47. Song No. 272: “Altamont,” Horse Feathers
There’s something special about a band you can watch evolve from album to album and still love no matter how they sound, and also slowly discover that practically everyone else whose musical taste matters has been listening to them this whole time, too.
Ages ago, a friend burned me a copy of Thistled Spring, which remains my favorite Horse Feathers album. The thing about Horse Feathers, though, is that their sound didn’t really markedly change ’til Appreciation, which I didn’t even realize existed until another friend suggested I check this band out and I proceeded to have my face melted right off with how much a folkish band can rock the hell out.
I read a review of this album that said something about it solidifying Horse Feathers’ evolution from less Avett Brothers to more Decemberists, which I can more or less agree with. But I think their evolution actually mirrors the Decemberists’ eerily well, from quiet, folksy beginnings to lovingly well-produced, layered and lush songs that are both a departure from and inevitable maturation of their unassuming origins.
There is still a prominent string section, but it’s more fleshed out and harmonious than plucking out the melody all themselves. The vocals are still gorgeous but seem more assertive and grander than they were before. There’s less of a delicacy there now. And the music still sounds like the languid, humid summers of your first real love, with steam fogging the edges into some gossamer thing generally idealized and idyllic and genially warm.
What really stood out to me with Appreciation is how many songs sound like individual presences rather than movements escorting you through a cohesive musical landscape. Horse Feathers is one of those bands I love but tend to have favorite albums more so than favorite songs (though “Belly of June” is a prime and achingly beautiful exception to the rule), so having all these songs competing with each other right out of the gate was a lot of kinetics that is extra attention-grabbing when it comes from such an unexpected source.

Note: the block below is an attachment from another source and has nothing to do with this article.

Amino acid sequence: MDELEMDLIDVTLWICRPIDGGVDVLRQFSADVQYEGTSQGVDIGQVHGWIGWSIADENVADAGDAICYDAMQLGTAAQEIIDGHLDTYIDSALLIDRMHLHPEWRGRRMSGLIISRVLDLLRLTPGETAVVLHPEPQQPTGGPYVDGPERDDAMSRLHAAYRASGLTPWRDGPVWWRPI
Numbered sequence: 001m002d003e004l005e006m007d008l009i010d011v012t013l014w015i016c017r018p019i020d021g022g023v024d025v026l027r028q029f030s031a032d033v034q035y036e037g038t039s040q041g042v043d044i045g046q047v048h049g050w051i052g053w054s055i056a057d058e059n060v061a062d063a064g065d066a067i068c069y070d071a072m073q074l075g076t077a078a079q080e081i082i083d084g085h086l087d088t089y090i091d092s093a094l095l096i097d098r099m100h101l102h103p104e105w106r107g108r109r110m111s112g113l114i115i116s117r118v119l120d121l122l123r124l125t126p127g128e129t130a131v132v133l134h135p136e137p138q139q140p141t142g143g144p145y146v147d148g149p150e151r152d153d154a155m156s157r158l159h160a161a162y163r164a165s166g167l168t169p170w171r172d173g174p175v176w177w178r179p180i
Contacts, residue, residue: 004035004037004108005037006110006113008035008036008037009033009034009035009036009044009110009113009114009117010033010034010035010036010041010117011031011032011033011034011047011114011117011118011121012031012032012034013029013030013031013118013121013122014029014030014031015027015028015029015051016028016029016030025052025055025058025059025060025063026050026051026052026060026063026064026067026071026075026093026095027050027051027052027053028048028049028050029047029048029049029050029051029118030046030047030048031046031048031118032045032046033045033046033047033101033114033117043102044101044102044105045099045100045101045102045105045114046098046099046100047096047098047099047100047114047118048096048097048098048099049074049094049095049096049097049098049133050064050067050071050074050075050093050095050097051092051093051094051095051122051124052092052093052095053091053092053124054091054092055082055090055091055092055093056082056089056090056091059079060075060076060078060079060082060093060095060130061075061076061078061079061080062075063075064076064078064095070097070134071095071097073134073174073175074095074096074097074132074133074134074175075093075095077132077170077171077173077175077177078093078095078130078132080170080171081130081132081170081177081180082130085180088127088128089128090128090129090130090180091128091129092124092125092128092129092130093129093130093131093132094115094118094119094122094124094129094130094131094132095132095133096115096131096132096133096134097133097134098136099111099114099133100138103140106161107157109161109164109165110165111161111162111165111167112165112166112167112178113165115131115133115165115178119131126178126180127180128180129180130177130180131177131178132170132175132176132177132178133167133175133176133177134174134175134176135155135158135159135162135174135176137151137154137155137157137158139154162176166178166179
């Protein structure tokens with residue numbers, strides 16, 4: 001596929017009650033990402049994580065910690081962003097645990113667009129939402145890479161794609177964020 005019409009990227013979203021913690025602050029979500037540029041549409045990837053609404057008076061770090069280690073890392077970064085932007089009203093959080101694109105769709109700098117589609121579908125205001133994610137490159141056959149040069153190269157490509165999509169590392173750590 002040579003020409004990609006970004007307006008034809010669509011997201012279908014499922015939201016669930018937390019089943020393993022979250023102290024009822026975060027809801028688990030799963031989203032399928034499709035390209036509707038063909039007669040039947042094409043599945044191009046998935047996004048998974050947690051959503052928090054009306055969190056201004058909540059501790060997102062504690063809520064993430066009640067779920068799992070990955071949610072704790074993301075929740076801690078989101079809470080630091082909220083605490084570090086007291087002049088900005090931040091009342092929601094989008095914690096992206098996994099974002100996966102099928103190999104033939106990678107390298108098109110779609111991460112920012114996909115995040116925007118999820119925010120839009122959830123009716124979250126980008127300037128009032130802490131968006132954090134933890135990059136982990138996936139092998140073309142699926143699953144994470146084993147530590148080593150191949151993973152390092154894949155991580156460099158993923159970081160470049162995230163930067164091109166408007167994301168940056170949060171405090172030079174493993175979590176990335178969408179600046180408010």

And while another song had me ready to fall in love with this album from its first strains, “Altamont” was what made it happen (though the first half of the album set up the assist so well it deserves plenty of credit in its own right). I have no idea why and barely even heard the lyrics the first few times I listened to it, but I was smitten with this song from the outset. And it set the tone beautifully for a sixth album that has all the raw intensity of a budding musician hungry for a foothold and the restrained, expertly metered-out hooks of a master artist.